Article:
New York is one of the grand cities of the world. It ranks with London or Paris or Beijing or Moscow as a community of people that rises to stature as prominent as the nation in which it resides.
Yet none of those other cities is anything like New York.
The Big Apple.
The place where many thousands of immigrants have been greeted by the welcoming torch of the Statue of Liberty raised high, in celebration of their arrival. That grand lady, a gift from the French, lights the way to a new life, rich with promise and opportunity. So many tears have been cried on those waters, the tears of the huddled masses who latched onto a dream and dared to cross over.
New York is the place of Broadway and Central Park and Wall Street and Park Avenue. Of boroughs and rivers and tunnels and bridges.
An ethnic smorgasbord.
The place where terrorists destroyed two landmark buildings and thousands upon thousands of lives.
I love New York.
I've ridden the subways, arriving at the World Trade Center Tower station to emerge into daylight with thousands of trampling New Yorkers off to their jobs. Those buildings are no longer there. I've roamed the streets and prowled Central Park, scaled the Empire State Building, shopped the stores where price has little bearing on the purchase. I've frozen on a cold December night looking for a taxi when none was available. I've dined at cozy restaurants and dark, scruffy dives in the Village. Climbed through museums and art galleries. Been as brusque and unsmiling as the next guy striding down the sidewalk with wary aggression. I've escaped upstate to relax and romance amongst the cliffs and hills and old towns that occasion the countryside.
The big cities of America are fantastic. You can explore them as you would any jungle or mountain wild. Watching your step. Los Angeles. Chicago. San Francisco. Washington DC. I've driven and hiked them all. Los Angeles, the magical melting pot of ethnic culture and cuisine, 88 cities glued together as one. Chicago, the elevated trains and peculiar green river, the lake, the theater, the blues beat. San Francisco, the bay, the cable cars, the hills, the jail on an island, the bridges, the romance, the restaurants. Washington DC, the power.
None of them is New York.
New York is intense. You understand this when you enter the canyons between the tall buildings, always in shadow, never able to see beyond. You understand when you want art, or food, or goods. No place does it richer. No place more intensely. In the old days, we outliers would think New Yorkers were rude. Arrogant, actually. From a different planet. But no, we grew up to learn that we were wrong. New Yorkers were simply dealing with a place not easy to deal with. Not enough parking, too many muggers, too many people too close together, too expensive, too noisy, too busy. The financial capitol of America. Ha, I once rode in a yellow cab whose driver took the car up on the sidewalk to get around a blockage. He barely slowed. That is characteristic New York assertive. Stretch limos serve the airports, $80 for a ride into town from Newark; visit in style appropriate to the panache of this city.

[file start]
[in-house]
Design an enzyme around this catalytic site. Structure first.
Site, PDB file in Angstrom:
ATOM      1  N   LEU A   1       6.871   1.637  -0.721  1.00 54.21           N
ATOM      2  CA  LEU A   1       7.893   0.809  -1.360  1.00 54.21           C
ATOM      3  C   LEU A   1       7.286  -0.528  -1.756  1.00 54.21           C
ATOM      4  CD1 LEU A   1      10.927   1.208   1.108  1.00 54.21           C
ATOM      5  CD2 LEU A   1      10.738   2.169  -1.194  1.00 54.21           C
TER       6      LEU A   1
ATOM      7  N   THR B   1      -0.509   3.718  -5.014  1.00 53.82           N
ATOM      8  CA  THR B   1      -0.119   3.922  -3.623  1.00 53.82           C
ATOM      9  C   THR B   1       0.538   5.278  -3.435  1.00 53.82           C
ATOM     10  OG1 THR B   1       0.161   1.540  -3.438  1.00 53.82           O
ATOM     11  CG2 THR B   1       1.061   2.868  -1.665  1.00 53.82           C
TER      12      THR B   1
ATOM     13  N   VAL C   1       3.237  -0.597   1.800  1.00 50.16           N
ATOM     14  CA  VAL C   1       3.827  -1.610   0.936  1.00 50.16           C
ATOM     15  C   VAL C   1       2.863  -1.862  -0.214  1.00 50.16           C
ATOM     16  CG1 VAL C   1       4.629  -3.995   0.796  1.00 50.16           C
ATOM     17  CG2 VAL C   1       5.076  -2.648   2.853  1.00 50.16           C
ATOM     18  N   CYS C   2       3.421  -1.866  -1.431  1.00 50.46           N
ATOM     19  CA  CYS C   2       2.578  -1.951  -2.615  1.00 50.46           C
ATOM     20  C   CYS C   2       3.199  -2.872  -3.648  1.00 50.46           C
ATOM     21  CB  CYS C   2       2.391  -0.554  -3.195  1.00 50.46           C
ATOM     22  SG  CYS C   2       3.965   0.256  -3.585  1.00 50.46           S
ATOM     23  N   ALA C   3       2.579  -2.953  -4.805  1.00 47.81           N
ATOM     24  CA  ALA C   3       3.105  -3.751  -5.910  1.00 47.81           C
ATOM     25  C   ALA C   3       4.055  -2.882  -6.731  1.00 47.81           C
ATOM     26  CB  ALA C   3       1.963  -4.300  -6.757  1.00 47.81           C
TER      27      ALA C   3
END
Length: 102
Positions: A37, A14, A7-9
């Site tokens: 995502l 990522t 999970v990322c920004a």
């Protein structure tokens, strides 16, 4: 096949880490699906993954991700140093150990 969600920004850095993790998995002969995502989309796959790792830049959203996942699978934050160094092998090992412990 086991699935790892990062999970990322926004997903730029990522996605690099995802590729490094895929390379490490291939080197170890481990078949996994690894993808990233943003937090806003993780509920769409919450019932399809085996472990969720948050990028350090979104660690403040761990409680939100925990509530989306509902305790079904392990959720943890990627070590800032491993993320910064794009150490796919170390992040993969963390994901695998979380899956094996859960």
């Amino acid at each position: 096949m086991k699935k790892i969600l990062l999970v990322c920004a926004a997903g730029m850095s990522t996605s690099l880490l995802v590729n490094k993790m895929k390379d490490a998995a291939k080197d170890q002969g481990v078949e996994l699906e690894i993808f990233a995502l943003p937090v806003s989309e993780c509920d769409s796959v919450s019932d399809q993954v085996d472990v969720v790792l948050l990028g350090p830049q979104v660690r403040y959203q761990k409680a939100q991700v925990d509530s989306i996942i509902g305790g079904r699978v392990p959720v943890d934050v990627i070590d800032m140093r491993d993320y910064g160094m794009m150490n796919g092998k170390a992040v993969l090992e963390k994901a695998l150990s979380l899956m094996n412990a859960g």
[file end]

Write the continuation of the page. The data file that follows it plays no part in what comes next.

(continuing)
New York was not destroyed by the terrorists that day over a decade ago. New York grew stronger. More serious, perhaps. Less brusque, perhaps.
Hurricane Sandy blasted New York yesterday.
The storm created havoc. Stock markets were closed. Corporations were shut down. Subway trains were parked. Vulnerable parts of the city were vacated. Electricity was knocked out. The storm rampaged and destroyed.
It was only a hurricane. Not even so very strong by Philippine standards. But it hit head on, gnashing into a city surrounded by water. The commercial heart of New York is, after all, an island. Way smaller than Luzon. Perhaps smaller than my wee island of Biliran.
But this is New York, you know? The city that deals with things. And the challenge to recover will make the city yet stronger.
This city, so rich with history and sin and redemption, so deep with life.
Manila's Big Brother.